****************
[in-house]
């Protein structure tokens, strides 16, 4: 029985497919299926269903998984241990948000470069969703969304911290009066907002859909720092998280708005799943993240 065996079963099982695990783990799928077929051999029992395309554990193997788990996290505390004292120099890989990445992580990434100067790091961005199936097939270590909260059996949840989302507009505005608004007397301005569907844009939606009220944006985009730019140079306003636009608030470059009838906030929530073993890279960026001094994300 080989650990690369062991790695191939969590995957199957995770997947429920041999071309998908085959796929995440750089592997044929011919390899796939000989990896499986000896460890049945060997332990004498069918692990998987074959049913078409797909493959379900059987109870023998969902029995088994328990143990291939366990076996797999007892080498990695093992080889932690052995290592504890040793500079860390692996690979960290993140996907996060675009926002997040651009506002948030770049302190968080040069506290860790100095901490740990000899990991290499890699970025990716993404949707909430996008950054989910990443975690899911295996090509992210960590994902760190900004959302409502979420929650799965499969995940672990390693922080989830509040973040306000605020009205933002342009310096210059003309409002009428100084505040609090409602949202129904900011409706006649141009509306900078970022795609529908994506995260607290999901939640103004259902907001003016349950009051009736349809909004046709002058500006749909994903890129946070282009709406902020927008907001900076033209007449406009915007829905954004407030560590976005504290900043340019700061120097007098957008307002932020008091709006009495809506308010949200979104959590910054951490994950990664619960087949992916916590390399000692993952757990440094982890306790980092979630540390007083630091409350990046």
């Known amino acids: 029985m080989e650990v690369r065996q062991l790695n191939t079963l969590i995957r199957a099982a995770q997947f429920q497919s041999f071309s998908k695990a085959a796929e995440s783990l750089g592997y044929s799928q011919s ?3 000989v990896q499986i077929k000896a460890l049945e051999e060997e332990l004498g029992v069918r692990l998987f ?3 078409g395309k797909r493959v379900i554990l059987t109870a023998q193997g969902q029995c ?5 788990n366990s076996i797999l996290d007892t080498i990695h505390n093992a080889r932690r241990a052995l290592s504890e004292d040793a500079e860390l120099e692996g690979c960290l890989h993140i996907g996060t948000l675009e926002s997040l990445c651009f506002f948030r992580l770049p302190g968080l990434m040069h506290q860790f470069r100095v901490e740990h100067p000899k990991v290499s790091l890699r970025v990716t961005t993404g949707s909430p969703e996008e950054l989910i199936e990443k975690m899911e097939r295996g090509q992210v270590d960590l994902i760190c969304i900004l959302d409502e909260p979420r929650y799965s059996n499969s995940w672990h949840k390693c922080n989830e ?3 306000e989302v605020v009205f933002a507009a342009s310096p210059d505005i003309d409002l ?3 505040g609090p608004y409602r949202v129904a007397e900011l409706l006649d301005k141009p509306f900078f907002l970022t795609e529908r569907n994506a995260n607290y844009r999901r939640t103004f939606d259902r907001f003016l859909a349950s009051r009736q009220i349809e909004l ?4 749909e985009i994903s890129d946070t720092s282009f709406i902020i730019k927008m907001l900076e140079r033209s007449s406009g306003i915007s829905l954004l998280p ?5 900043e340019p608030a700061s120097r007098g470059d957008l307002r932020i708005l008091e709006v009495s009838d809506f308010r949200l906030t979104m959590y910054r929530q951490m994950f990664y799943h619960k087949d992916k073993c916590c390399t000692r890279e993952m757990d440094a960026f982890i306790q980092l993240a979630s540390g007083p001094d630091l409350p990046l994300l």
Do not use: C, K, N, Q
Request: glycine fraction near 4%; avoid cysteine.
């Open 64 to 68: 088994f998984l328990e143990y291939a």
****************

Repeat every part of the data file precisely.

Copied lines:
[in-house]
């Protein structure tokens, strides 16, 4: 029985497919299926269903998984241990948000470069969703969304911290009066907002859909720092998280708005799943993240 065996079963099982695990783990799928077929051999029992395309554990193997788990996290505390004292120099890989990445992580990434100067790091961005199936097939270590909260059996949840989302507009505005608004007397301005569907844009939606009220944006985009730019140079306003636009608030470059009838906030929530073993890279960026001094994300 080989650990690369062991790695191939969590995957199957995770997947429920041999071309998908085959796929995440750089592997044929011919390899796939000989990896499986000896460890049945060997332990004498069918692990998987074959049913078409797909493959379900059987109870023998969902029995088994328990143990291939366990076996797999007892080498990695093992080889932690052995290592504890040793500079860390692996690979960290993140996907996060675009926002997040651009506002948030770049302190968080040069506290860790100095901490740990000899990991290499890699970025990716993404949707909430996008950054989910990443975690899911295996090509992210960590994902760190900004959302409502979420929650799965499969995940672990390693922080989830509040973040306000605020009205933002342009310096210059003309409002009428100084505040609090409602949202129904900011409706006649141009509306900078970022795609529908994506995260607290999901939640103004259902907001003016349950009051009736349809909004046709002058500006749909994903890129946070282009709406902020927008907001900076033209007449406009915007829905954004407030560590976005504290900043340019700061120097007098957008307002932020008091709006009495809506308010949200979104959590910054951490994950990664619960087949992916916590390399000692993952757990440094982890306790980092979630540390007083630091409350990046």
């Known amino acids: 029985m080989e650990v690369r065996q062991l790695n191939t079963l969590i995957r199957a099982a995770q997947f429920q497919s041999f071309s998908k695990a085959a796929e995440s783990l750089g592997y044929s799928q011919s ?3 000989v990896q499986i077929k000896a460890l049945e051999e060997e332990l004498g029992v069918r692990l998987f ?3 078409g395309k797909r493959v379900i554990l059987t109870a023998q193997g969902q029995c ?5 788990n366990s076996i797999l996290d007892t080498i990695h505390n093992a080889r932690r241990a052995l290592s504890e004292d040793a500079e860390l120099e692996g690979c960290l890989h993140i996907g996060t948000l675009e926002s997040l990445c651009f506002f948030r992580l770049p302190g968080l990434m040069h506290q860790f470069r100095v901490e740990h100067p000899k990991v290499s790091l890699r970025v990716t961005t993404g949707s909430p969703e996008e950054l989910i199936e990443k975690m899911e097939r295996g090509q992210v270590d960590l994902i760190c969304i900004l959302d409502e909260p979420r929650y799965s059996n499969s995940w672990h949840k390693c922080n989830e ?3 306000e989302v605020v009205f933002a507009a342009s310096p210059d505005i003309d409002l ?3 505040g609090p608004y409602r949202v129904a007397e900011l409706l006649d301005k141009p509306f900078f907002l970022t795609e529908r569907n994506a995260n607290y844009r999901r939640t103004f939606d259902r907001f003016l859909a349950s009051r009736q009220i349809e909004l ?4 749909e985009i994903s890129d946070t720092s282009f709406i902020i730019k927008m907001l900076e140079r033209s007449s406009g306003i915007s829905l954004l998280p ?5 900043e340019p608030a700061s120097r007098g470059d957008l307002r932020i708005l008091e709006v009495s009838d809506f308010r949200l906030t979104m959590y910054r929530q951490m994950f990664y799943h619960k087949d992916k073993c916590c390399t000692r890279e993952m757990d440094a960026f982890i306790q980092l993240a979630s540390g007083p001094d630091l409350p990046l994300l």
Do not use: C, K, N, Q
Request: glycine fraction near 4%; avoid cysteine.
């Open 64 to 68: 088994f998984l328990e143990y291939a």